Back when Little Prince started Japanese youchien last April, whenever the 3-year-old got frustrated or otherwise overwhelmed by big feelings, he would pull the masks off all his teachers’ faces. Of course I was duly mortified when the vice-principal told me this, but at the same time the school’s staff insisted that it was because Little Prince wanted to know whether they were smiling or not. Once the teachers flashed their best smiles- they assured me- he left their face coverings alone. Lately I have seen some of his teachers pick him up at the bus stop in several layers of clear masks and transparent visors. It looks a bit hot underneath, but little prince can see their faces.
I love them. Have I mentioned I love them? This is precisely why I chose this particular preschool for my son.
Little Prince’s youchien emphasizes the need for balance. In order to maintain such a policy, you must constantly be on your toes, always processing new information and learning new things. The teachers at my son’s school are regularly reevaluating the situation, sending out parent surveys via the school’s private app (did I mention they also save paper?), and using all available resources to make the best and safest decisions for students and teachers.
But Little Prince’s youchien is the anomaly in Tokyo. I know this because I visited countless schools last Fall, when researching the right fit for my son. The Covid policies of all the other private kindergartens in my area consist mainly of making rules and then obeying them blindly. This method is definitely easier because it doesn’t require any thinking, you just need to conjure a certain (and crucify me for saying this, but uniquely Japanese) banal indifference whenever you encounter an individual whom you know in your heart should be an exception to the rule.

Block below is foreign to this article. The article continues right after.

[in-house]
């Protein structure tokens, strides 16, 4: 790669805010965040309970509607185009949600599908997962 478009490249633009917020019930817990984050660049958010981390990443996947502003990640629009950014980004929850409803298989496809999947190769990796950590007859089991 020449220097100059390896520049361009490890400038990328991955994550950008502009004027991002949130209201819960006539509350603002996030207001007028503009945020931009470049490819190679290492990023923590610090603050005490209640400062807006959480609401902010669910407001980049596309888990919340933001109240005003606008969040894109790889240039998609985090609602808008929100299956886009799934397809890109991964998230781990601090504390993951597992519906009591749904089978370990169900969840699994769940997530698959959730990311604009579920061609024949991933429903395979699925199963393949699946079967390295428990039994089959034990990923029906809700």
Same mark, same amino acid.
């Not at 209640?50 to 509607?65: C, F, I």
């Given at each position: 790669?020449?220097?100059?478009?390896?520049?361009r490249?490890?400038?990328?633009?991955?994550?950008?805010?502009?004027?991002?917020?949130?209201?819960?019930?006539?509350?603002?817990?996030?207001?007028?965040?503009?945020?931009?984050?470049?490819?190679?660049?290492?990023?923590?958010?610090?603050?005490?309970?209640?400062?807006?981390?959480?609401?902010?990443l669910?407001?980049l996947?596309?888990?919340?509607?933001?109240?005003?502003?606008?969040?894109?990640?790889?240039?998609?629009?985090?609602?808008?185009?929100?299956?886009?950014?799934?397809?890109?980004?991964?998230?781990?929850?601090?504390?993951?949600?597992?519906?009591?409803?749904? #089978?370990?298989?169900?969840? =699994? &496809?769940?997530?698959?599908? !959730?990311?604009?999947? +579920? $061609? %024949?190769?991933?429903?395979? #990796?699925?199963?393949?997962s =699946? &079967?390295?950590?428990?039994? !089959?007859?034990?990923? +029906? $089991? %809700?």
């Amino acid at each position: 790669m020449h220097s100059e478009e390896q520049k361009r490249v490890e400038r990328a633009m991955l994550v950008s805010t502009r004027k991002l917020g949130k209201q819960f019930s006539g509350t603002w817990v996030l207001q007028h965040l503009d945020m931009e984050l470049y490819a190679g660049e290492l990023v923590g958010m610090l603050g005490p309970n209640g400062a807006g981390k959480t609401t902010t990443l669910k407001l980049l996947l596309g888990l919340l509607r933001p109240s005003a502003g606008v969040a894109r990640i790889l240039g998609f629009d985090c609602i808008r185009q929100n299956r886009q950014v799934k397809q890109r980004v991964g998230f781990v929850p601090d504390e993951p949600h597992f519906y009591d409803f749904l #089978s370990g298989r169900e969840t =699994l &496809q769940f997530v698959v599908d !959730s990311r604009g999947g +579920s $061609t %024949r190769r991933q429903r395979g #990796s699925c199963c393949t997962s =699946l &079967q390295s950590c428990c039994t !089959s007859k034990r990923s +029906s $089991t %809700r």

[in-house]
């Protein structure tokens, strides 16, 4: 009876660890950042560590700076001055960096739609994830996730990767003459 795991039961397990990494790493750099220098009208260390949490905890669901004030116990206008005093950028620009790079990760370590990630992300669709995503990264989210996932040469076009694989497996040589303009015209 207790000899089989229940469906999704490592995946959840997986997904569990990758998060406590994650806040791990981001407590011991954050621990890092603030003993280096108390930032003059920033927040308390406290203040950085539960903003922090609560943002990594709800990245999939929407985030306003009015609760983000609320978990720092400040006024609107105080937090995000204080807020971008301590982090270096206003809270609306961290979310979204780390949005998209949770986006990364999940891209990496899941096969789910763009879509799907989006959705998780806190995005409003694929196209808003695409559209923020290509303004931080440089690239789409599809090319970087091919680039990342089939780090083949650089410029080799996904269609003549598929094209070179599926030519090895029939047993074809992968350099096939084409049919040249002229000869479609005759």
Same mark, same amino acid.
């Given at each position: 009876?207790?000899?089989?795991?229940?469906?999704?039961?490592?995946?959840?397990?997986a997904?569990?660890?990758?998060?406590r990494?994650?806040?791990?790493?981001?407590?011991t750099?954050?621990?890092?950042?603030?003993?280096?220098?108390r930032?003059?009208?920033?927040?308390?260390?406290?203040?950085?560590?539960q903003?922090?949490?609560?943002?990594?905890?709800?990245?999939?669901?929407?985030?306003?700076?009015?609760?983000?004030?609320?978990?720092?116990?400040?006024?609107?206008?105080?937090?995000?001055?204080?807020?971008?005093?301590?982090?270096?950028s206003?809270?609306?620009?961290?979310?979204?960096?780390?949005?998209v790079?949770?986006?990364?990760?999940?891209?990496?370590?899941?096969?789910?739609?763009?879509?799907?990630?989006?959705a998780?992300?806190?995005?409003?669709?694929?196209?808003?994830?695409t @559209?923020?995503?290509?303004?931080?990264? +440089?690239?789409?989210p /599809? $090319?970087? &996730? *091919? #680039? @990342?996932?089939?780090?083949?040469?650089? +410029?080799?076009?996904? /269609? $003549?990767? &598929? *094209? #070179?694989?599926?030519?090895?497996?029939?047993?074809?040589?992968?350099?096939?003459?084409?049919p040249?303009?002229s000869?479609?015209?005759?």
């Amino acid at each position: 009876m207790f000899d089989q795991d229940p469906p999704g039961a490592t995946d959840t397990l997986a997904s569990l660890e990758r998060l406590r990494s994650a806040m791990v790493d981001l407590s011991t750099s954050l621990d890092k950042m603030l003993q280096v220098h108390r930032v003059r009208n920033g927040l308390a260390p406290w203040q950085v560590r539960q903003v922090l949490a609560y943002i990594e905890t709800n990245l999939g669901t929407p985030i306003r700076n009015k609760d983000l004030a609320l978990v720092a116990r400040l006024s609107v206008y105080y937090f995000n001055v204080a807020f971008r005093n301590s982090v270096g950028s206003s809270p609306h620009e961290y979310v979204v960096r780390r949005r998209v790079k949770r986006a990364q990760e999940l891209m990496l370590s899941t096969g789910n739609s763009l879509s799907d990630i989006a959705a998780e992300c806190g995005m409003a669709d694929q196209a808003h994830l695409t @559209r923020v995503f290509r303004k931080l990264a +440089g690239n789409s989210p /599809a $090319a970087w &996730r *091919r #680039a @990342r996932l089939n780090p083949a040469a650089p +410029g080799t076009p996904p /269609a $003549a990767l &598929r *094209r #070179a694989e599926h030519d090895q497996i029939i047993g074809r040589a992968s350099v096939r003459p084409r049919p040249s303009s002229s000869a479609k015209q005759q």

At the end of my search, Little Prince only applied to only one institution. This is not exactly recommended, so I am very glad that we dressed him in a seersucker suit for his interview and he got in. Little did they know the problems he would cause. But now they are stuck with him for three years and I couldn’t be happier about it.
I bring this up because this week, in Japan, a cluster infection at a preschool has been in the news. So far, 65 children and 14 staff have tested positive for the virus at the Jyozan nursery school in Kumamoto. When asked about their counter-virus measures, officials from the school said that they believed that masks were unhealthy for childhood development. This did not go over well on SMS. Yet while we’ve been busy demonizing this school for its policies, some forget that claims of masking’s adverse effect on early childhood education, are not entirely unfounded.
This topic hits close to home for me, because when Little Prince started Japanese school a few months ago, it was not only his first experience in a classroom outside the comfort of his home, but he couldn’t speak Japanese. And I know from my homestay experience in Japan, almost 20 years ago now, that when you don’t understand the rapid exchanges of an unfamiliar language all around you, other social cues- even the most minute facial expressions- take on unprecedented significance. So it’s no wonder Little Prince was acting out. Luckily for me, though, his teachers took appropriate actions.
Jyozan, on the other hand, fucked up in other ways as well. The teachers didn’t ventilate their classrooms properly, and, most infuriatingly, the administration did not consult the students’ parents on its decision to teach unmasked. Rather than blindly following prescribed rules, as I would say most preschools in the country are doing, Jyozan blindly rebelled.
Perhaps this is one of the less documented detriments of an education system that teaches pupils not challenge authority. That is to say, that when the time for resistance finally comes, people have no idea how to go about it effectively. When civil disobedience is not taught in classes, people don’t know how effectively manifest their dissent. Even when it is justified.